What I remember was St. John wants to be a missionary in India, he wants..."


Yes, I remember now lol. It was an easy no. He just wanted company I guess.


Cheryl  (cherylllr) | 1055 comments Well, company, and a cook, housekeeper, nurse....


Megan | 401 comments I've always loved Jane's integrity and her deep sense of justice. She was really a firebrand under that meek exterior. After rereading, I understand why some people disliked her and were upset by her leaving Mr. Rochester. She had to though, she was afraid he'd try to coerce her to be his mistress, and she didn't feel that was right. Rumors about his mad wife could very well have followed them to Europe, if she'd gone along with his plan, and that would have had a negative impact on their social acceptance. I think she was afraid, too, that he would lose respect for her, just as he'd lost respect for his previous mistresses.

I think her journey and her family experience with St James provided time for important character growth for both of them. Jane finally gets to have a positive family experience, and, with her teaching job and her inheritance, gets to be independent, so she comes back to Rochester as an equal instead of a dependent. St James was definitely cold, calculating and ambitious. Spiritual bullies are some of the worst sorts, they justify the bullying because it's supposed to make the victim a better person. If she had stood up to him immediately, he might not have decided she'd be the perfect little wife/drudge. I was so relieved Jane maintained her integrity and refused to marry him.

I think Jane's leaving forced Rochester to realize he was being too pushy and needed to accept her as she was. And she didn't leave him alone with a madwoman, he still had his household staff. He also stopped pretending he didn't have a wife and tried to take care of Bertha. He really proved his great caring for those he felt responsible for in the fire, getting all his people out and trying to save Bertha.

It's an interesting question to wonder what Jane would have done if Rochester's wife had lived. If Bertha had survived, she probably would have been maimed and required nursing. Would Jane have nursed them both? I doubt she or Rochester would have been ok with institutionalizing Bertha, a nice room in the attic with a paid nurse was a much better situation than most mental institutions of the time.


NancyJ (nancyjjj) FYI Jane Eyre is in the Top Ten of the Great American Read. Today is the last day to vote for your favorites. Vote online, text, phone, twitter, facebook. Voting closes at 11:59 pm Pacific time (3am eastern)

https://www.pbs.org/the-great-america...

Others in the top ten include:

To Kill a Mockingbird
Pride and Prejudice
Lord of the Rings
Harry Potter


Jemma (captainjemima) I do agree that Jane is a strong, principled character who battles with her own ethics and beliefs. I also agree that she had to leave Mr Rochester in case he coerced her to be his mistress, and that she did the right thing in battling against St John's loveless marriage proposal.

I think the reason I only rated this book three stars is because I felt frustrated that nothing really happened. I know that's a terrible thing to say about classic literature because usually that is what happens - nothing much. I know that it was a study of Jane herself. However, after the peak of excitement at what happened with Mr Rochester and her having to flee and happened to find her lost family, things got very frustrating and felt "stuck". I kept hoping for something good to happen again. For me, the climax at the end of the novel being her marriage to Mr Rochester was most unsatisfactory; he hadn't treated her particularly well, he'd lied to her, and even if she loved him, my modern sensibilities wanted her to be the independent woman she could have been with her new fortune.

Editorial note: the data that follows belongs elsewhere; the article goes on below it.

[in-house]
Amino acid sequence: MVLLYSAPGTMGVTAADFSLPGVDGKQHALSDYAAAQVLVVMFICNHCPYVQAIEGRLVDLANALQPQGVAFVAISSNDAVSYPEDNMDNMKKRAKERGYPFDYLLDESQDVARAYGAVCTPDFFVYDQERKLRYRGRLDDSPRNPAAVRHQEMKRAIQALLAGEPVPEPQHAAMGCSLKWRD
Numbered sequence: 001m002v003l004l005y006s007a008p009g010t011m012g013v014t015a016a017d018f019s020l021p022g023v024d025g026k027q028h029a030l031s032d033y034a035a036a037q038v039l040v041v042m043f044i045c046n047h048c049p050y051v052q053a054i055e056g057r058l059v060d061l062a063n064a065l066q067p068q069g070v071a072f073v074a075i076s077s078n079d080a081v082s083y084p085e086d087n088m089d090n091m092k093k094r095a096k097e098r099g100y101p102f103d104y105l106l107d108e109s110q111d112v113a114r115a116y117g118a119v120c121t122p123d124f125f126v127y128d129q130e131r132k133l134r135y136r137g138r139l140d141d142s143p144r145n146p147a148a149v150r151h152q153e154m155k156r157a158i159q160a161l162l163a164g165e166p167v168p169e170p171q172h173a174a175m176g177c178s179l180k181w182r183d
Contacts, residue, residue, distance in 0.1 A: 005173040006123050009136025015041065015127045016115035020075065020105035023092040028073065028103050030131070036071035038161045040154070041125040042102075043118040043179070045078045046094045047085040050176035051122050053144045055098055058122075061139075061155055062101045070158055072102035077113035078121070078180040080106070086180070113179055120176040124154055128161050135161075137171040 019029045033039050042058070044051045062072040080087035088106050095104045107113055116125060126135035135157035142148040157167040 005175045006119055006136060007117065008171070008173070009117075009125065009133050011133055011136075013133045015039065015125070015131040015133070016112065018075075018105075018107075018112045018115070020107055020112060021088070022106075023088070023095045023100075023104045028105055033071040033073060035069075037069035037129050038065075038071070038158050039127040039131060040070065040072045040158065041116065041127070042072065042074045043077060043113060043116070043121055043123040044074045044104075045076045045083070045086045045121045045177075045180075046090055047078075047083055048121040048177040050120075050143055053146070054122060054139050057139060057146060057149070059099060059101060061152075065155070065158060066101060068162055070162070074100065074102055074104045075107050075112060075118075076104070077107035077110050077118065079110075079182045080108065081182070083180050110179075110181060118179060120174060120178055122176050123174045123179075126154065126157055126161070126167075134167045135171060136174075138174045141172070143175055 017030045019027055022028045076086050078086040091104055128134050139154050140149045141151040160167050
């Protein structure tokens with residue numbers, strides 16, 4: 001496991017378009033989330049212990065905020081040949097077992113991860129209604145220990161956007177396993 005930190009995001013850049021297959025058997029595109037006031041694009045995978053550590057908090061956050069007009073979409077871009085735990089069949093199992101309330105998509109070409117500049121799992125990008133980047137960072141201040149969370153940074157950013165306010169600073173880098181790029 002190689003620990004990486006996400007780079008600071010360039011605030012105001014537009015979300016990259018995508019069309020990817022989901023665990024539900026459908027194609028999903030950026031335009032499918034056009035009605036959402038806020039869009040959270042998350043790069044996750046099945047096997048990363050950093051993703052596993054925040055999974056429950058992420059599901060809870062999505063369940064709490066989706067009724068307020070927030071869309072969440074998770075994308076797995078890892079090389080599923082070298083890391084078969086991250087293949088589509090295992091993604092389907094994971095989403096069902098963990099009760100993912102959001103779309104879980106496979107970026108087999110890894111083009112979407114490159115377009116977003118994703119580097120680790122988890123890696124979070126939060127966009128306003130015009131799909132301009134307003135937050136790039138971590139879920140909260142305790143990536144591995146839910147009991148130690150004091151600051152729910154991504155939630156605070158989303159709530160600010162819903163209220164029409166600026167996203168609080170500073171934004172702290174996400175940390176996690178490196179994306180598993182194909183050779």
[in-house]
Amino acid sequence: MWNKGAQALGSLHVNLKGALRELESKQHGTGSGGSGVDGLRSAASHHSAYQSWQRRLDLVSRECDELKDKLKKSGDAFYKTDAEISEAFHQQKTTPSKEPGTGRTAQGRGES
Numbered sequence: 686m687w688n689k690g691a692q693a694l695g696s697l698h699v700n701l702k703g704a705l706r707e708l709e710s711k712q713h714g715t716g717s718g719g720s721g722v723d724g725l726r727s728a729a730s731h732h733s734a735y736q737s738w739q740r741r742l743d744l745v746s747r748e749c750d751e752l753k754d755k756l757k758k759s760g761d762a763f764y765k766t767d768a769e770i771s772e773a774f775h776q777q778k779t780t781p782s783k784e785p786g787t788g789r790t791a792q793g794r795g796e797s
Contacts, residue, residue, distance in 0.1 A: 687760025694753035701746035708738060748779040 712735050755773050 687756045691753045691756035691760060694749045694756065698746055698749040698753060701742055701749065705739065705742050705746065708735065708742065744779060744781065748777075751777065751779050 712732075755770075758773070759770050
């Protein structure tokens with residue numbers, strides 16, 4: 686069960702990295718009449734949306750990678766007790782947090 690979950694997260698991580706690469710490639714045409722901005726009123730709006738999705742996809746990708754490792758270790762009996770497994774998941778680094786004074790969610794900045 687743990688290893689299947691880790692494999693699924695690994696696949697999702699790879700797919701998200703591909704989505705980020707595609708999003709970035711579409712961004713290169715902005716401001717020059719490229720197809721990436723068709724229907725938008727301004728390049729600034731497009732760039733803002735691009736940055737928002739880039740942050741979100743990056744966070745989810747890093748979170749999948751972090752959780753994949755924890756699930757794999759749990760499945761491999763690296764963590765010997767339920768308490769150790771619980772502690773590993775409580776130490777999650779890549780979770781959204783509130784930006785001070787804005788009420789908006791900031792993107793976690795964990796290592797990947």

This book made me feel a bit grumpy because I feel like it had great promise but for me it fell down in the final third(?) or so.


Joanna Loves Reading (joannalovesreading) I finally finished the graphic version of this novel. I had read full-text version a few times in my teens and early 20's and have listened to an audio version at some point. I do feel that my perspective is different now. I used to be more in favor of the romance between Mr. Rochester and Jane than I was this time. Still enjoyed it quite a bit, but the trick of not telling Jane that he was married already is much less understandable to me than it used to be.

I do relish the information that is here about the time and place. The schools, poor relations, customs, mannerisms and other details of the times is major driver in making me want to read Classics.


Jemma (captainjemima) Thanks for your perspective reading the graphic novel, Joanna! It's interesting, too, to hear how your views have changed on Mr Rochester's deception. I also appreciated the heavy context used to do with the time period and so on - it really built the world for me.


Cheryl  (cherylllr) | 1055 comments It is interesting how our perspective changes over the years of our maturity, and how that changes our perception of books. Classics, especially, are re-interpretable... maybe that's one way to define them....


Renee (elenarenee) I agree. My perspective is so different now. When I was younger, I thought it was so romantic the Rochester wanted to marry Jane even though he was married.

I have lupus which leaves me unable to do many things. If my husband tried to marry someone else.....

Instead he helps me in every way he can. He does not care that I am different. That is much more romantic.


Cheryl  (cherylllr) | 1055 comments Yes it is. I'm grateful to him, too, that he enables you to visit with us.